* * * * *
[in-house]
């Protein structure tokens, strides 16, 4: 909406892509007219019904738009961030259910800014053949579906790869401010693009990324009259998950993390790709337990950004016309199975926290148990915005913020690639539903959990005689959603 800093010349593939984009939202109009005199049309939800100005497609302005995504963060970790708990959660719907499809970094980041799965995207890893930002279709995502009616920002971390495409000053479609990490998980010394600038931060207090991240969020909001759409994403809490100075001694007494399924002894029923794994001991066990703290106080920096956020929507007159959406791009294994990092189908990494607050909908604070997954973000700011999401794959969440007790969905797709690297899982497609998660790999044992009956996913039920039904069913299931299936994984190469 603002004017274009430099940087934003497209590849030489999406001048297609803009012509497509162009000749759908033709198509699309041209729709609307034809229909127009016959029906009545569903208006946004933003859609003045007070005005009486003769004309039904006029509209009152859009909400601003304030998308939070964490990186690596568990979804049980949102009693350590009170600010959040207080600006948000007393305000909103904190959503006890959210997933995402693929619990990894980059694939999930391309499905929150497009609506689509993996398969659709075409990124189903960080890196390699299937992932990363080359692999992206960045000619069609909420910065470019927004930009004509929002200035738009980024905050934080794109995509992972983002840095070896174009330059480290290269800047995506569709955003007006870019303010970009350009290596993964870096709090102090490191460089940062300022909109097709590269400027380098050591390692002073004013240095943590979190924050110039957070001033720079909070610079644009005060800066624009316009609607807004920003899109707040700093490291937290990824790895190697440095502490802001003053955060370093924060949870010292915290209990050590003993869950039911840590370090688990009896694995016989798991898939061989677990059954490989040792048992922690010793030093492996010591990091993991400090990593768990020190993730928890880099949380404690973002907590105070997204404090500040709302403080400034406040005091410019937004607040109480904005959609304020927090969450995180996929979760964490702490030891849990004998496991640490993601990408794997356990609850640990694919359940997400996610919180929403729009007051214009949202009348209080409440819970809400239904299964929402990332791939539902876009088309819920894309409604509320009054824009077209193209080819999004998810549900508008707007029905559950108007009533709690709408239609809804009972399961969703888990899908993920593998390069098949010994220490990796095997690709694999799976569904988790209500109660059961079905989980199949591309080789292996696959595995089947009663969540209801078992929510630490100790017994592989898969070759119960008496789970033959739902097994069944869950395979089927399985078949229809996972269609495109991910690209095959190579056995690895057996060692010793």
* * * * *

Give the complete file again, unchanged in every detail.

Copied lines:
[in-house]
């Protein structure tokens, strides 16, 4: 909406892509007219019904738009961030259910800014053949579906790869401010693009990324009259998950993390790709337990950004016309199975926290148990915005913020690639539903959990005689959603 800093010349593939984009939202109009005199049309939800100005497609302005995504963060970790708990959660719907499809970094980041799965995207890893930002279709995502009616920002971390495409000053479609990490998980010394600038931060207090991240969020909001759409994403809490100075001694007494399924002894029923794994001991066990703290106080920096956020929507007159959406791009294994990092189908990494607050909908604070997954973000700011999401794959969440007790969905797709690297899982497609998660790999044992009956996913039920039904069913299931299936994984190469 603002004017274009430099940087934003497209590849030489999406001048297609803009012509497509162009000749759908033709198509699309041209729709609307034809229909127009016959029906009545569903208006946004933003859609003045007070005005009486003769004309039904006029509209009152859009909400601003304030998308939070964490990186690596568990979804049980949102009693350590009170600010959040207080600006948000007393305000909103904190959503006890959210997933995402693929619990990894980059694939999930391309499905929150497009609506689509993996398969659709075409990124189903960080890196390699299937992932990363080359692999992206960045000619069609909420910065470019927004930009004509929002200035738009980024905050934080794109995509992972983002840095070896174009330059480290290269800047995506569709955003007006870019303010970009350009290596993964870096709090102090490191460089940062300022909109097709590269400027380098050591390692002073004013240095943590979190924050110039957070001033720079909070610079644009005060800066624009316009609607807004920003899109707040700093490291937290990824790895190697440095502490802001003053955060370093924060949870010292915290209990050590003993869950039911840590370090688990009896694995016989798991898939061989677990059954490989040792048992922690010793030093492996010591990091993991400090990593768990020190993730928890880099949380404690973002907590105070997204404090500040709302403080400034406040005091410019937004607040109480904005959609304020927090969450995180996929979760964490702490030891849990004998496991640490993601990408794997356990609850640990694919359940997400996610919180929403729009007051214009949202009348209080409440819970809400239904299964929402990332791939539902876009088309819920894309409604509320009054824009077209193209080819999004998810549900508008707007029905559950108007009533709690709408239609809804009972399961969703888990899908993920593998390069098949010994220490990796095997690709694999799976569904988790209500109660059961079905989980199949591309080789292996696959595995089947009663969540209801078992929510630490100790017994592989898969070759119960008496789970033959739902097994069944869950395979089927399985078949229809996972269609495109991910690209095959190579056995690895057996060692010793």